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Mars, a Hawaii Far Away?

Date:
October 31, 2012
Source:
Xinhua News Agency / Powered by NewsLook.com
Summary:
NASA's Mars rover Curiosity has made a striking discovery on the red planet. On Tuesday, scientists said Curiosity found soil on Mars similar to the weathered, volcanic sand of Hawaii.


Related Videos

last updated on 2014-07-28 at 1:10 pm EDT

NASA 360: Stories of the Solar System: Mars

NASA 360: Stories of the Solar System: Mars

NASA (July 12, 2013) — Caleb: It turns out what we discover ends up leading us to new questions. Molly :The Mariner 4 mission was the first to take us to mars, and in doing so, changed everything we thought we knew about the red planet. Dr. Jim Garvin: There is this mystery of Mars. Mars is unavoidably special. Dr. Nicky Fox: The red planet, it's so often visible in the sky that, you know, you feel like it's just over there. Dr. Ralph McNutt: Mars has been subject of a lot of speculation for a long number of years.
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This Week @ NASA, August 2, 2013

This Week @ NASA, August 2, 2013

NASA (Aug. 2, 2013) — DC CELEBRATES CURIOSITY HQ @MarsCuriosity MSL Control Room at Mars Landing: Touchdown confirmed, were safe on Mars. (applause) Celebration, when the Curiosity Rover safely found the surface of Mars on August 6, 2012 and celebration this week on Capitol Hill as NASA and members of Congress mark the one year anniversary of the Martian landing and showcase the ways the rover is helping us get to know Mars.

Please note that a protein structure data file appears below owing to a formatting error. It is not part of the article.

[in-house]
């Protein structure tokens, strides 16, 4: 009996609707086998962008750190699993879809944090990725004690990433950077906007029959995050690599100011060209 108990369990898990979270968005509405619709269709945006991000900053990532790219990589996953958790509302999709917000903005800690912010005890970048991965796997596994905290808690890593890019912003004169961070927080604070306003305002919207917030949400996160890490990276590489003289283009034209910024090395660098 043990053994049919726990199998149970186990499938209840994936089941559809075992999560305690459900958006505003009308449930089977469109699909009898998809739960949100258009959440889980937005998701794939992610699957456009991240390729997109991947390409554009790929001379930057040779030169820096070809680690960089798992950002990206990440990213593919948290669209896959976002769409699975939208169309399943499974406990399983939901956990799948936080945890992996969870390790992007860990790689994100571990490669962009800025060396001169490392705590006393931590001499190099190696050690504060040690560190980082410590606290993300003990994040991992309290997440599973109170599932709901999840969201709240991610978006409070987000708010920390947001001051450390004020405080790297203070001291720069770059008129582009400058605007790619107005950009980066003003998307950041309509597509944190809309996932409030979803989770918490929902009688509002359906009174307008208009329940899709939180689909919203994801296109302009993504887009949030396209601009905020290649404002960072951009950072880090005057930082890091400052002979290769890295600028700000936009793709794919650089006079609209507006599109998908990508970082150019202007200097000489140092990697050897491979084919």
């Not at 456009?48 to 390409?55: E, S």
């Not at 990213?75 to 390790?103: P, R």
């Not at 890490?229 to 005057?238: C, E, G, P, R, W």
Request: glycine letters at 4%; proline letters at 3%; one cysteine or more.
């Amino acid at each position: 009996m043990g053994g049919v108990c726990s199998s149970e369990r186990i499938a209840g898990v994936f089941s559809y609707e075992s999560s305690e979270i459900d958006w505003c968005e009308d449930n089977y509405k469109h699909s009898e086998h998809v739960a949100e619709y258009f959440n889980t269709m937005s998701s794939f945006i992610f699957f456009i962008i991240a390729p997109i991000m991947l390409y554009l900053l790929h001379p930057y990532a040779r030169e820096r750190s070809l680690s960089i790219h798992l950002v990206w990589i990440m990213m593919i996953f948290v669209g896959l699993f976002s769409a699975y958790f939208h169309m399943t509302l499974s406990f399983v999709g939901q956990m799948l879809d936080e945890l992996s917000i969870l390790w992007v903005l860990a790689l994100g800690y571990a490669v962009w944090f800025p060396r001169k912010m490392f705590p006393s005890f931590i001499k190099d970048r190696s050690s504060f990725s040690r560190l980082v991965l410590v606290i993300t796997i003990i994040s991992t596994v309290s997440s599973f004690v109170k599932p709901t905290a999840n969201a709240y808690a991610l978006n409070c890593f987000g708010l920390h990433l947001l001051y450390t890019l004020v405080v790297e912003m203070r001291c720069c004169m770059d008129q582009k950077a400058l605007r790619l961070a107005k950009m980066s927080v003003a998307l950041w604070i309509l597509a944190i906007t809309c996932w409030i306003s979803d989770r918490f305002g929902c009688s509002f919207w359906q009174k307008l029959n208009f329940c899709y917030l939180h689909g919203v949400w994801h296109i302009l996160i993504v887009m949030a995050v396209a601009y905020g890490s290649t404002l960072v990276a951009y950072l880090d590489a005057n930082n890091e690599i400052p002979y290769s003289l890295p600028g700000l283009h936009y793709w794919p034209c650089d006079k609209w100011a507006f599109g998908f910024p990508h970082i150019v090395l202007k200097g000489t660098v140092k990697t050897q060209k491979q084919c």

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Mars Food Researchers Emerge From Hawaii Dome

Mars Food Researchers Emerge From Hawaii Dome

AP (Aug. 13, 2013) — Researchers who spent nearly four months simulating what it's like to live on Mars have emerged from their experiment on a Hawaii lava field. The NASA-funded study is researching what foods astronauts might eat during a mission to Mars.
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Spirit and Opportunity: Roving Mars' Landscape

Spirit and Opportunity: Roving Mars' Landscape

FORA.tv (Apr. 4, 2012) — William J. Clancey, Chief Scientist of Human-Centered Computing at the Intelligent Systems Division of the NASA Ames Center, talks about the Mars Exploration Rover (MER) program. Adjusting to Mars' atmosphere, Clancey shares that the two teams controlling separate rovers even adopted Mars' time schedule.
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